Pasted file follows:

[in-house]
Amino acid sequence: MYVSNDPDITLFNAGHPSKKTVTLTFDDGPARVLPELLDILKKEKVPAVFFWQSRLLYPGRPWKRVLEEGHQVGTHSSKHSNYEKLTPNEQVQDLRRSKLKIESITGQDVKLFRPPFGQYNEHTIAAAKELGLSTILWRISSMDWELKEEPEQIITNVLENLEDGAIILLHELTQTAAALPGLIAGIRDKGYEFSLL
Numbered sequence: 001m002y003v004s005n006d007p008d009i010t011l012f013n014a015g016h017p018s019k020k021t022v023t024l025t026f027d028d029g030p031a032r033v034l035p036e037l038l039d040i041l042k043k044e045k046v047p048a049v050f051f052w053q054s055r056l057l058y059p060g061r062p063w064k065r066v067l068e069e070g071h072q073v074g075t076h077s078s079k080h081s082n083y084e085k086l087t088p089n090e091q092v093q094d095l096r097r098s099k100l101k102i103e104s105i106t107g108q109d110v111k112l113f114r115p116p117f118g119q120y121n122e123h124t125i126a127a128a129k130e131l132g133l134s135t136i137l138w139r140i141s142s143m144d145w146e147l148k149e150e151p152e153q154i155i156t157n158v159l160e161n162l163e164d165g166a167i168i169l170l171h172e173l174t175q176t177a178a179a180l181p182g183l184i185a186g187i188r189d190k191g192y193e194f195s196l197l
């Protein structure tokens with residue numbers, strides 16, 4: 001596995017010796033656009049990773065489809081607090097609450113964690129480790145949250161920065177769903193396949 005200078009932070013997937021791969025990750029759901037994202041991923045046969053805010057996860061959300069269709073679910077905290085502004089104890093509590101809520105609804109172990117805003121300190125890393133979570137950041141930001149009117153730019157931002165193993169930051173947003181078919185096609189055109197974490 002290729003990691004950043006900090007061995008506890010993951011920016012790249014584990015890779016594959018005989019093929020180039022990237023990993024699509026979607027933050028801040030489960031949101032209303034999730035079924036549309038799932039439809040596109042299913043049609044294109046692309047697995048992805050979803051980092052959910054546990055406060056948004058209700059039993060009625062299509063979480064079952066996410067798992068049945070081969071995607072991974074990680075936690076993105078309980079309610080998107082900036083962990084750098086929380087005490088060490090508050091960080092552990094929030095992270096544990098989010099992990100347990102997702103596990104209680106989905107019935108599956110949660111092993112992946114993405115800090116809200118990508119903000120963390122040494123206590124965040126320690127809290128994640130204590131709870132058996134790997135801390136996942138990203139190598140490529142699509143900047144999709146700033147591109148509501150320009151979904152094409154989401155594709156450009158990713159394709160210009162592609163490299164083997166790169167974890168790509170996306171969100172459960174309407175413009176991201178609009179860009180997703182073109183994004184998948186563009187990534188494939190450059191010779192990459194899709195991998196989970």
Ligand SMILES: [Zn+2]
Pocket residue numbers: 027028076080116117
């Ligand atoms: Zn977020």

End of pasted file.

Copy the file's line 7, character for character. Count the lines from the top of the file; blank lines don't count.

């Ligand atoms: Zn977020």